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Monday, May 28, 2012

The Protests By Shiite Majority Against Ruling Sunni Dynasty In Bahrain

The wave of protests by the Shiite majority in Bahrain against the ruling Sunni dynasty has intensified sectarian tensions in the small Gulf kingdom that is fast approaching complete political paralysis.
"At the moment there is no more trust between the communities," said prominent Sunni cleric Abdullatif Mahmud, accusing the main Shiite opposition formation Al-Wefaq of being behind the mutual suspicions.
"Wefaq works for the interest of its community and not for that of the country," said Mahmud, head of the National Unity Assembly (NUA) formed at the height of Shiite-led anti-regime protests last year, at a pro-government rally.
"The street is divided, but thanks to God we have not reached a sectarian confrontation," he said, adding: "There is no place for dialogue between the NUA and Wefaq which does not recognise us as a political force."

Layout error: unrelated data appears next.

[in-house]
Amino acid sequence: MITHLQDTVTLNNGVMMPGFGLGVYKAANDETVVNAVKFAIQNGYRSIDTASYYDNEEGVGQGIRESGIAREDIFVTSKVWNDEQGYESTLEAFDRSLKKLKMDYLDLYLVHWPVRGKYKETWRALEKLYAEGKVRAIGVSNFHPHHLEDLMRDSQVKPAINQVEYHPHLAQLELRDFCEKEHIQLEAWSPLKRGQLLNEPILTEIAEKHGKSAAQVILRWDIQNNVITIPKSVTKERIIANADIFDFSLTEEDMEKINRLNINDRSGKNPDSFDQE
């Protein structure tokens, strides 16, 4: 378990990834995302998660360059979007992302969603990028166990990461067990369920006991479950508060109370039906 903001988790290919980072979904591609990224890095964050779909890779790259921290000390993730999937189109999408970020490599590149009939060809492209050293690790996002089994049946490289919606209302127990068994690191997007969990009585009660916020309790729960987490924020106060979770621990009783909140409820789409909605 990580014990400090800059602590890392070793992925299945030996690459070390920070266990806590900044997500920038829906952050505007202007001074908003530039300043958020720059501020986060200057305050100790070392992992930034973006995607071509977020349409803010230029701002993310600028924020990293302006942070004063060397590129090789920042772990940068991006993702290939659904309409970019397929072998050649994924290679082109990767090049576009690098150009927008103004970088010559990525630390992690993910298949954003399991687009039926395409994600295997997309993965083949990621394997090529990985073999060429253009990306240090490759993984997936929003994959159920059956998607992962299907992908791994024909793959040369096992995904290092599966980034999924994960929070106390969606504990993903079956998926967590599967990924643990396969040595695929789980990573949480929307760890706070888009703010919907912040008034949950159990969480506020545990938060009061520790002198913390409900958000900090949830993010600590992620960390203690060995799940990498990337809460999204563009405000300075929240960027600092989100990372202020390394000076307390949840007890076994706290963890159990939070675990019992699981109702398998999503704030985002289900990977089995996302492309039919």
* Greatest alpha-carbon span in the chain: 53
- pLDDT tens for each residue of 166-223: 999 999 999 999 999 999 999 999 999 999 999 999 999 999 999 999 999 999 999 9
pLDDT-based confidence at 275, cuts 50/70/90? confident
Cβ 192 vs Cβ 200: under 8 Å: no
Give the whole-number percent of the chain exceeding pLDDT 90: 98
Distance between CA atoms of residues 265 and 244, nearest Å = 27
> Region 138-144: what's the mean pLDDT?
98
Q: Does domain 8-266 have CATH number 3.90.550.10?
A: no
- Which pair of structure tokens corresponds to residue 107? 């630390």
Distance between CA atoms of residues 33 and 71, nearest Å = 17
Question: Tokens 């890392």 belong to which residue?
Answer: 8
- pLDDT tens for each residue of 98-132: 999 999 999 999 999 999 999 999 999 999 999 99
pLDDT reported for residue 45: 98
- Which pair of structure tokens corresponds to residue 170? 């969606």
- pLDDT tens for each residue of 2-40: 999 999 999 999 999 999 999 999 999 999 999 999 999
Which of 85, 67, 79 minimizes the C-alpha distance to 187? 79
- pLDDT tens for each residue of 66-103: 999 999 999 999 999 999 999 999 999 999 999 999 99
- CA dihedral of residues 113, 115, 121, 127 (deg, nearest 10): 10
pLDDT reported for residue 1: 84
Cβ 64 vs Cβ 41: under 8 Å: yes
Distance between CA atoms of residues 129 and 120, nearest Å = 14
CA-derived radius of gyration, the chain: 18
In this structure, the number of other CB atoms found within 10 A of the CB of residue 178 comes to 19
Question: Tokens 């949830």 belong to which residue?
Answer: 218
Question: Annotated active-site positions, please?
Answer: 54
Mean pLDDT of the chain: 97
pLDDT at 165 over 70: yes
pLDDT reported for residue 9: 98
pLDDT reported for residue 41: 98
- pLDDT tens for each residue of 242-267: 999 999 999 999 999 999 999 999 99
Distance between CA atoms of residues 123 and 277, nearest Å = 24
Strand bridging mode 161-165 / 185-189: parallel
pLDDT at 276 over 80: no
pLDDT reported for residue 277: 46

Shiite demonstrators are back on the street in Bahrain almost daily, calling for the fall of the regime of King Hamad bin Issa al-Khalifa, whose family has ruled the Gulf archipelago since 1783.
"Down with Hamad," chanted some 3,000 protesters who rallied last week in the Shiite village of Muqsha, shortly after a UN debate in Geneva on the human rights situation in Bahrain.
They dubbed their rally venue Liberty Square to avoid confrontation with police by trying to return to Manama's former Pearl Square, where protesters camped for a month last year before being driven out in a mid-March crackdown.
In stark contrast, large posters of King Hamad and his son, Crown Prince Sheikh Salman, have been put up at main squares in Manama.
There are also posters of Prime Minister Sheikh Khalifa bin Salman al-Khalifa, an uncle of King Hamad who has been in office for 40 years and is widely despised by the Shiites.
A tentative attempt early this year to reignite dialogue between the palace and the opposition was short-lived, with each side accusing the other of throwing a spanner in the works.

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